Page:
Monday, October 27, 2014

Cancer Tips and Heading Home

I am reading this really fantastic book about cancer, called "Crazy Sexy Cancer Tips". I too was surprised by the title of the book. The books unconventional way of offering advice has been tremendously helpful. Basically a guide to "Oh sh** I have cancer. What do I do now?" (written by a woman diagnosed with a rare form of cancer prior to marriage and children).

I have learned that I am in a very small group of women who are single, not married, and do not have children when diagnosed with Breast Cancer. So although some information others have offered is helpful, I have learned to trust my doctors, pray all the time and trust my own intuition to attack my cancer. Unfortunately cancer is not black and white. Given my BRCA 2 positive testing, the chances of this beast of a disease coming back still exist, so I am determined to do everything in my power to see to it that it does not.

One of the tips the book gives is to get organized. The author advises the reader to make sure you keep copies of everything, log your medication, and keep track of appointments. Below are some pictures of my cancer binder. I am protesting the color pink at the moment so I bought a kelly green binder instead. Almost three weeks ago now, I sat down on the floor in my room, played music, and got myself organized. I called it my, "cancer craft". This has helped me keep things together. As you can see I was given a LOT of information and keeping track is a small way of staying afloat. I have four doctors to stay in touch with, a Breast Surgeon (Moore), an Oncologist (Basche), a plastic surgeon (Williams) and a fertility specialist (Ambler). Having all of my information together in one place is tremendously helpful.

A large part of this journey is as well staying financially with it.... (at least aware of the financial piece). I quickly made myself aware of my coverage and deductibles so I am prepared for the financial obligations to me. Although the financial piece is overwhelming...... being in denial about how much it will cost for me to beat cancer doesn't help me beat cancer at all.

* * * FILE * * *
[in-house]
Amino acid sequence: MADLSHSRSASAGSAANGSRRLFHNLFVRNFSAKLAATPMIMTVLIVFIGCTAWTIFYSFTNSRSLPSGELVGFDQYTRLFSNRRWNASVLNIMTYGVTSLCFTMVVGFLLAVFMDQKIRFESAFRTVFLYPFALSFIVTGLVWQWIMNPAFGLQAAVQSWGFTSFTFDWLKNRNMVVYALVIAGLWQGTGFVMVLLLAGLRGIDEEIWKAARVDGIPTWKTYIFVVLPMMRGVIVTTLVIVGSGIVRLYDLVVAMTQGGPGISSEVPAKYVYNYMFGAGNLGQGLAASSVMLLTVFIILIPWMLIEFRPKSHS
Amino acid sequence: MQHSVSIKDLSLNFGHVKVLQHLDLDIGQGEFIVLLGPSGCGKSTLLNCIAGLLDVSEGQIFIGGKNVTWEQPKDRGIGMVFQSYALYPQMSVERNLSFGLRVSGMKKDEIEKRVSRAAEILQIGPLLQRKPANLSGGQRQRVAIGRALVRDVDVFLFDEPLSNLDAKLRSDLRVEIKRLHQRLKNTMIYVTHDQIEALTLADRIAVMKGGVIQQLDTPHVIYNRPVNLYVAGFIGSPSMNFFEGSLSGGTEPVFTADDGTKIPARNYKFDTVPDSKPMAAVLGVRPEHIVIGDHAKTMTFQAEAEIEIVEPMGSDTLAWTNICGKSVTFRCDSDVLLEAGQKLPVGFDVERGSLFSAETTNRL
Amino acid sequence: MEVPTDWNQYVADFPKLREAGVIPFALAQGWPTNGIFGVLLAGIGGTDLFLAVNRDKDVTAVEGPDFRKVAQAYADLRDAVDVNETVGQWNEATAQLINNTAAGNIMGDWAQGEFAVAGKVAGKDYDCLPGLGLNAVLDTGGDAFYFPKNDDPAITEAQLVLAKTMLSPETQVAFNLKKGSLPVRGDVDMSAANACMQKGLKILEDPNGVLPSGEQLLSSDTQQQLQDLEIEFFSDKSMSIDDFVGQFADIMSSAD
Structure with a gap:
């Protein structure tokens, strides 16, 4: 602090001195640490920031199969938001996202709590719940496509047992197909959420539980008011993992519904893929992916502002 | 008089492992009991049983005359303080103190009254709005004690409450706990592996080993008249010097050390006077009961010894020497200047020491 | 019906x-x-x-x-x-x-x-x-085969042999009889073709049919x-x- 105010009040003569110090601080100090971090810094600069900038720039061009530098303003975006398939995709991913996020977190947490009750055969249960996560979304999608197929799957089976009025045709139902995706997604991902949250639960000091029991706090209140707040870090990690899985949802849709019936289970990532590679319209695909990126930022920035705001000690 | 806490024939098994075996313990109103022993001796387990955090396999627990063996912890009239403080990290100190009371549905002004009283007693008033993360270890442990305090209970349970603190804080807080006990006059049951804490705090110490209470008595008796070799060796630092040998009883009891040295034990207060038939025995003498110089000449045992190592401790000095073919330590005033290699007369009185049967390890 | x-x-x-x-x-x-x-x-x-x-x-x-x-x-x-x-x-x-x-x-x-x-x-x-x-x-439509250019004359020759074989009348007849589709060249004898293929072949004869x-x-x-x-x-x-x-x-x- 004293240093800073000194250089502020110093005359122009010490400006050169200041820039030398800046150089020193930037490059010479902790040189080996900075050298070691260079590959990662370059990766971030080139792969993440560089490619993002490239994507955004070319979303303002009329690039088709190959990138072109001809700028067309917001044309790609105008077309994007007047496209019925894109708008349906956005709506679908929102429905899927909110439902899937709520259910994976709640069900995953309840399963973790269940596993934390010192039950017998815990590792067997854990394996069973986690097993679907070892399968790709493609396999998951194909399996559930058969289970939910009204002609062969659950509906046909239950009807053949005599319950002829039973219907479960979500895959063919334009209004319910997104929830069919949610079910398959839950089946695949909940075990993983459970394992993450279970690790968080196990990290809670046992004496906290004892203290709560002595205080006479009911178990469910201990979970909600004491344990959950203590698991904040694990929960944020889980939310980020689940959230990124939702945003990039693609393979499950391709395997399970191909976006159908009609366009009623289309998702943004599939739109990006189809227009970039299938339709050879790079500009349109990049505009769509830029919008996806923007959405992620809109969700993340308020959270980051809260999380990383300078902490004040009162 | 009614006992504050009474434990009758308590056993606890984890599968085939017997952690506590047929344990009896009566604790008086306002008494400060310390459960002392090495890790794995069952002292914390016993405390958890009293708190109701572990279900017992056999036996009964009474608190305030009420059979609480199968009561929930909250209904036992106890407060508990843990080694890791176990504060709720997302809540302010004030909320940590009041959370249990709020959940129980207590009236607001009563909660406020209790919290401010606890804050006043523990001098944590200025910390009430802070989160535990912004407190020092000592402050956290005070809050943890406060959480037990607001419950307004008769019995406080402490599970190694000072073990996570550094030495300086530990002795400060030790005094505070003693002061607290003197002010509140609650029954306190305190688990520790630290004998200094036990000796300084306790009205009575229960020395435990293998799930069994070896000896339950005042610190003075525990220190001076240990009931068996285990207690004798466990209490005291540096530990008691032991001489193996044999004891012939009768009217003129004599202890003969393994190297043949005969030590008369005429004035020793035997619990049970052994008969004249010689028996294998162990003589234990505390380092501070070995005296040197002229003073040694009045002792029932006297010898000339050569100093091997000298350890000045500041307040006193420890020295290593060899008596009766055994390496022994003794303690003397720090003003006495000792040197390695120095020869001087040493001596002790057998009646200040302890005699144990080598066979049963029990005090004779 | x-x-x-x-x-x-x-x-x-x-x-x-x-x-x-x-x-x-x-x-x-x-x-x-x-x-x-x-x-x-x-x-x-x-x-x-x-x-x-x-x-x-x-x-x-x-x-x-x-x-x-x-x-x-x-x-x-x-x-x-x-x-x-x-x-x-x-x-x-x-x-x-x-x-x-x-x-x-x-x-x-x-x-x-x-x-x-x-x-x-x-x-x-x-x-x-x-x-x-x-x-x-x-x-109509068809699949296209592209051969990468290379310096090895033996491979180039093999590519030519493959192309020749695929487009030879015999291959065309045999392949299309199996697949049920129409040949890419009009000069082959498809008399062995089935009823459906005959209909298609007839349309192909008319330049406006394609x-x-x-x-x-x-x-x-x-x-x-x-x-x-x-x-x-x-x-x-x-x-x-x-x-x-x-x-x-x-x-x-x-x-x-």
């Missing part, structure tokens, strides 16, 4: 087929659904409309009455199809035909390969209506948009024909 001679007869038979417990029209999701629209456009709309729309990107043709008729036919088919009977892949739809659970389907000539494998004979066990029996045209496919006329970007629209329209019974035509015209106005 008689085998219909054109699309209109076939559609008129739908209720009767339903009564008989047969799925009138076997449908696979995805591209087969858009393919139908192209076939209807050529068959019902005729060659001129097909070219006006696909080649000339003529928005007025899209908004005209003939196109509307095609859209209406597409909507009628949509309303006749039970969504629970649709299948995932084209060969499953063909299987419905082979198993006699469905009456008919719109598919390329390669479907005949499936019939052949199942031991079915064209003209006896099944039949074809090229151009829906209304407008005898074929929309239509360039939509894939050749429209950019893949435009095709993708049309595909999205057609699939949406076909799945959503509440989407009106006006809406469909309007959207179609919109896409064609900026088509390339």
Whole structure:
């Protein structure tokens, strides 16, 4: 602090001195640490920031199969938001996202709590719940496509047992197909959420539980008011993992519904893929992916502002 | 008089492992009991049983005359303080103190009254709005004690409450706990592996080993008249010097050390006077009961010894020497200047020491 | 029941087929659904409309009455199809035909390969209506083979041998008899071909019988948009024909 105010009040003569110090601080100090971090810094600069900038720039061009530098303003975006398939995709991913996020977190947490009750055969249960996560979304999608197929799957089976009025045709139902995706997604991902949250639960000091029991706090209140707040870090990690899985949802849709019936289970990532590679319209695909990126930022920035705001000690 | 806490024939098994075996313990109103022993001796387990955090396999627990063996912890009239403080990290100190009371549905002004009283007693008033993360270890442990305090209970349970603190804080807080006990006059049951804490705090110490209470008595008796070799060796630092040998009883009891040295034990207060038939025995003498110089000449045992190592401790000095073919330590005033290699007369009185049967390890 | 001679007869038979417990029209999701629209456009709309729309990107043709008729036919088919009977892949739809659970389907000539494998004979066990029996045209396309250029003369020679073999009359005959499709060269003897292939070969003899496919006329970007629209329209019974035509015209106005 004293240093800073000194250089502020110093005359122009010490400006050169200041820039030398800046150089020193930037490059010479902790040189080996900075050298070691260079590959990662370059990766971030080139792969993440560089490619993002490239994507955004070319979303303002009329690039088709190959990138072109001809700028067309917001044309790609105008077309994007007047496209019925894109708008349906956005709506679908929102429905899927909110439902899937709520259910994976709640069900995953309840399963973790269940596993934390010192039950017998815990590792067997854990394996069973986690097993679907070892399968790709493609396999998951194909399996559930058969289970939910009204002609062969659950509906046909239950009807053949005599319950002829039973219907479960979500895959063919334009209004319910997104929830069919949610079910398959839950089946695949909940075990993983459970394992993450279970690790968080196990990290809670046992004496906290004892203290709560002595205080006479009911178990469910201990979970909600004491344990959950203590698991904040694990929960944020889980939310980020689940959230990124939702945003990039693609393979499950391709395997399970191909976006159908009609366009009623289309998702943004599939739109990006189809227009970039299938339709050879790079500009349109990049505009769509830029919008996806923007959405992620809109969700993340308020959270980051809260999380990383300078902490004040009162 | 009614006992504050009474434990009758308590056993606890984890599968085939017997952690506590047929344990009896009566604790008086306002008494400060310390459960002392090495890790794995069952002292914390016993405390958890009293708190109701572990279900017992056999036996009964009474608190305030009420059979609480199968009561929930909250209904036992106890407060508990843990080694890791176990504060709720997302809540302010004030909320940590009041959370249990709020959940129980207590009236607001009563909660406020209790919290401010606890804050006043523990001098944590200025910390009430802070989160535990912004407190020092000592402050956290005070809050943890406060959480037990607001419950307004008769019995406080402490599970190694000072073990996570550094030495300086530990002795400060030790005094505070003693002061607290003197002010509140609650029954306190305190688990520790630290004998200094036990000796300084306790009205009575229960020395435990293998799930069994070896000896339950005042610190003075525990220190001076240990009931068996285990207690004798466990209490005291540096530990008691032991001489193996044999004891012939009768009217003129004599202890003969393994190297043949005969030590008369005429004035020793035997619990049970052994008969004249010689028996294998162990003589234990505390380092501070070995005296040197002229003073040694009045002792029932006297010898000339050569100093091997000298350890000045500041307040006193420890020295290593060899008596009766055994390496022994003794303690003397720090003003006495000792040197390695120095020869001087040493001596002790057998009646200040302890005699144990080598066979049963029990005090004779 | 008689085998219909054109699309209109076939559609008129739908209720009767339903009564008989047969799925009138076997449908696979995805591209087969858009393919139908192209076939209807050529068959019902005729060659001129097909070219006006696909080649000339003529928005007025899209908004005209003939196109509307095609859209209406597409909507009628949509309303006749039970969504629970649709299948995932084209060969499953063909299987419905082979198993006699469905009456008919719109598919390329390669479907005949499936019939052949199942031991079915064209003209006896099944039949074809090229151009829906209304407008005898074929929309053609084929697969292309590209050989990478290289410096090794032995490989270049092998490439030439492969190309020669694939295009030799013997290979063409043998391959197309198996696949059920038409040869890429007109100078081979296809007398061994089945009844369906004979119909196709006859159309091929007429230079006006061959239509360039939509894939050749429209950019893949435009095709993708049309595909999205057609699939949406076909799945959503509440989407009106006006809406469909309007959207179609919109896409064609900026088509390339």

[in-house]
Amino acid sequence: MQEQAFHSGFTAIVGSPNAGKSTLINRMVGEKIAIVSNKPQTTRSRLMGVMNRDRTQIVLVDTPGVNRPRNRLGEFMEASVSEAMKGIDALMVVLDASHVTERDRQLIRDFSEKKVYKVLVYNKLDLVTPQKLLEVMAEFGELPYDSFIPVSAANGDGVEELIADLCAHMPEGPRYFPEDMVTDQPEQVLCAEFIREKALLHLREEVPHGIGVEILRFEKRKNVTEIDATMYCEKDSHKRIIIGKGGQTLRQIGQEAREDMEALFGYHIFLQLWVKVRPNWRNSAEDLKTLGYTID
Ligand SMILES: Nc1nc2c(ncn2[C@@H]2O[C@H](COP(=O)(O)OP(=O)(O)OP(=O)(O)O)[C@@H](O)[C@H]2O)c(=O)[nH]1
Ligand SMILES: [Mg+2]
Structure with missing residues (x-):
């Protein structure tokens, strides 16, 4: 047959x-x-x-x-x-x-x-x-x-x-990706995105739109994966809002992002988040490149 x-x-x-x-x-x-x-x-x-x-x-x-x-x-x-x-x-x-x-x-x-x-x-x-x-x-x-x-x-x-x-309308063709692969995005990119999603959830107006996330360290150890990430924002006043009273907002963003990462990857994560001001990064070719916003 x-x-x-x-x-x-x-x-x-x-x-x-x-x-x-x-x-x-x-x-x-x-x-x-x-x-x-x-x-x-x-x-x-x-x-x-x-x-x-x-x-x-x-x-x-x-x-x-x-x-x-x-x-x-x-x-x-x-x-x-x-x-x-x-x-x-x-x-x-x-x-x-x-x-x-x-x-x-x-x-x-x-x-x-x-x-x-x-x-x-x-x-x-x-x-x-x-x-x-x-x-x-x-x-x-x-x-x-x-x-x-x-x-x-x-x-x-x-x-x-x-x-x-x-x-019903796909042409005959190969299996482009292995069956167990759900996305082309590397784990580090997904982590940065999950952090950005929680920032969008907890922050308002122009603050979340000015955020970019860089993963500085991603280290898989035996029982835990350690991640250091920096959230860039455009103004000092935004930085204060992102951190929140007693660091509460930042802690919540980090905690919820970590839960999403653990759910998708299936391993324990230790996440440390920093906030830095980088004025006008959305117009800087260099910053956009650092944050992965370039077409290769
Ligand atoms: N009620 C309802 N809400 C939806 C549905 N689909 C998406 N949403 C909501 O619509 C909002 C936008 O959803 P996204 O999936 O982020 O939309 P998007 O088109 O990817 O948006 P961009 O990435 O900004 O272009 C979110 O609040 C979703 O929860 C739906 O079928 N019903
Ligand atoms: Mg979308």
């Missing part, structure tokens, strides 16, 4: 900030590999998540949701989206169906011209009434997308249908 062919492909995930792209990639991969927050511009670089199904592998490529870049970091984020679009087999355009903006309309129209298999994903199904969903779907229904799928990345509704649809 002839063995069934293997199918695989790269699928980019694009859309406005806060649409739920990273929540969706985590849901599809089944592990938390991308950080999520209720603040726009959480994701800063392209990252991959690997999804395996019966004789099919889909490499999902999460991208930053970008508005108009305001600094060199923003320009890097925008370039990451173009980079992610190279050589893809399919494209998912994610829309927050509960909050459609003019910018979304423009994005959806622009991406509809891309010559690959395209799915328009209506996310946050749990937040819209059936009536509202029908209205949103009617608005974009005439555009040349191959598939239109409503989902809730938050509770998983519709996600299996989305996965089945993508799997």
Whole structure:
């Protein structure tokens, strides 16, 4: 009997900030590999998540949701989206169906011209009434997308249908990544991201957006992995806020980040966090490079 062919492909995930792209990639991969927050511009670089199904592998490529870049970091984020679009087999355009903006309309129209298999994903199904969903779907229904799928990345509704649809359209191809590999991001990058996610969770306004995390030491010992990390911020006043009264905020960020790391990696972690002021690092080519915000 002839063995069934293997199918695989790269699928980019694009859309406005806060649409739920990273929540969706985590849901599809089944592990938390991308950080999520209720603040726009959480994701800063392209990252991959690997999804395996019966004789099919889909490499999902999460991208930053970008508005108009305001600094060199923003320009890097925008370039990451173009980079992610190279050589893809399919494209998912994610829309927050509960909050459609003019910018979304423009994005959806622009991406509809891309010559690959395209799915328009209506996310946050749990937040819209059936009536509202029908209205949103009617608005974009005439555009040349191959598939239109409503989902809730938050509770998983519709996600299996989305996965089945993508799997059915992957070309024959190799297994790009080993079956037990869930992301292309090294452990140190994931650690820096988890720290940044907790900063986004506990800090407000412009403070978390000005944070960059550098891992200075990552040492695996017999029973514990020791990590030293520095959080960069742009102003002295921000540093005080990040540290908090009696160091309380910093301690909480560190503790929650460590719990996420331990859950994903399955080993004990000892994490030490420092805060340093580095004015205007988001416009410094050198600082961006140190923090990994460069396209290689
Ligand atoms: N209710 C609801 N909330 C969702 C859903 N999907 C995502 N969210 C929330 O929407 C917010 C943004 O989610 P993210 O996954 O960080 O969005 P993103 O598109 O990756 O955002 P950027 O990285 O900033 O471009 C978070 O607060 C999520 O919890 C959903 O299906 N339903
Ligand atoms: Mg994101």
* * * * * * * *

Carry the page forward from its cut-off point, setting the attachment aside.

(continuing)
In addition to getting organized I did a couple things for myself. I got a massage :) and my roommate helped me purchase a yoga class package. Both of these things have made small dents in reducing the amount of stress I am handling. (stress can be a trigger of growing cancer, but try telling someone who has cancer not to worry..... if only it were so easy). On top of my full time job working at a private equity firm, I seem to go to the doctor at least twice a week since this happened, come in later to work and work even later. I am exhausted.

But more than handling the logistical pieces of cancer and preparing to take a month or more leave from work....... I have tried to squeeze every last ounce of goodness out of the past few weeks. From carving pumpkins, taking my road bike out for 20+ mile rides, meeting friends for runs, dinners and sneaking away to the mountains to see the fall colors.

I am grateful for this time to process and prepare......I mentioned I will be heading back to Louisville this Thursday for the weekend. I would love to see each and every one of you if I can..... 

Sunday November 2, 2014, my parents will be hosting an open house at their house from 1:00- 3:00 pm. Address: 1506 Bella Arbor Way, Louisville KY 40245

Please spread the word and stop by to say hello and to give me a hug. (And to cheer on the Broncos of course) I would be so honored. Please feel free to reach out to me if you have specific questions, old friends, new friends, Adventure Christian Church folks and Polo Fields families who have been cheering me on for so long I would love to see you all.

For my Colorado friends and family, please come stop by my house on Monday night in Washington Park around 6:30 pm. I intend to drink good bourbon, give lots of hugs and be surrounded by all of my favorite people. Please come by and hang out.

Monday November 3, 2014: 6:30 pm- 9:00 pm at 1152 South Elizabeth Street, Denver CO 80210

Last piece of business, I wanted to make you aware of a place that dear friends in Colorado have created to share updates, share ways you can help me and things that are taking place. I intend to keep writing on my blog but my friends will be coordinating some specific ways to assist me, both financially, spiritually and practically. Please visit this page for information on donating, sending mail, food, or simply hearing how I am doing.

Here is the link here

Every single comment or message is read not just once but multiple times. So thank you. They remind me that I am not alone and I am so grateful.

Hope all of you have a really great Tuesday. The sun is shining here, I took a 6 am yoga class and I am already on my second cup of coffee for the day. So take that cancer, worries and fear :)

Cutting my hair and Nesting

I often relive the moment I was told I have cancer. Where I was downtown Denver.... the cross streets. Gradually coming to my knees and eventually finding myself leaned up against an office building as the doctor told me the devastating news. Tears just streamed and my heart ached. In so many ways that moment, those emotions, that fear come rushing back every day since.